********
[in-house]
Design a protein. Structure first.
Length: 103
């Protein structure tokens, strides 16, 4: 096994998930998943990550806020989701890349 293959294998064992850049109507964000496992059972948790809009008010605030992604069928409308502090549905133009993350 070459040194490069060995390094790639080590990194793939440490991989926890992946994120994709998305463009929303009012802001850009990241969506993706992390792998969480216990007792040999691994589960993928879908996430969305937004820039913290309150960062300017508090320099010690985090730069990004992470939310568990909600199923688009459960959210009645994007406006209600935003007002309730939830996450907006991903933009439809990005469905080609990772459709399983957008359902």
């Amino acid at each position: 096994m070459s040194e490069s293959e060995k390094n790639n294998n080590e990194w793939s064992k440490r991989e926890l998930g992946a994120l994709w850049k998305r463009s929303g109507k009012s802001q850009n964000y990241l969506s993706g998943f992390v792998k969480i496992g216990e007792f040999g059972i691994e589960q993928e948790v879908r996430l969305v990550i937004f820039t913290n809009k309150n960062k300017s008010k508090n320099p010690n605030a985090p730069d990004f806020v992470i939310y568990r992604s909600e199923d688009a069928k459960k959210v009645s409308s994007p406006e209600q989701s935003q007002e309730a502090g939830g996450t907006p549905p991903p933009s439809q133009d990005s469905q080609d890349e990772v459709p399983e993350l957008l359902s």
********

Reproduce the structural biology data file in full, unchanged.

[in-house]
Design a protein. Structure first.
Length: 103
């Protein structure tokens, strides 16, 4: 096994998930998943990550806020989701890349 293959294998064992850049109507964000496992059972948790809009008010605030992604069928409308502090549905133009993350 070459040194490069060995390094790639080590990194793939440490991989926890992946994120994709998305463009929303009012802001850009990241969506993706992390792998969480216990007792040999691994589960993928879908996430969305937004820039913290309150960062300017508090320099010690985090730069990004992470939310568990909600199923688009459960959210009645994007406006209600935003007002309730939830996450907006991903933009439809990005469905080609990772459709399983957008359902």
């Amino acid at each position: 096994m070459s040194e490069s293959e060995k390094n790639n294998n080590e990194w793939s064992k440490r991989e926890l998930g992946a994120l994709w850049k998305r463009s929303g109507k009012s802001q850009n964000y990241l969506s993706g998943f992390v792998k969480i496992g216990e007792f040999g059972i691994e589960q993928e948790v879908r996430l969305v990550i937004f820039t913290n809009k309150n960062k300017s008010k508090n320099p010690n605030a985090p730069d990004f806020v992470i939310y568990r992604s909600e199923d688009a069928k459960k959210v009645s409308s994007p406006e209600q989701s935003q007002e309730a502090g939830g996450t907006p549905p991903p933009s439809q133009d990005s469905q080609d890349e990772v459709p399983e993350l957008l359902s």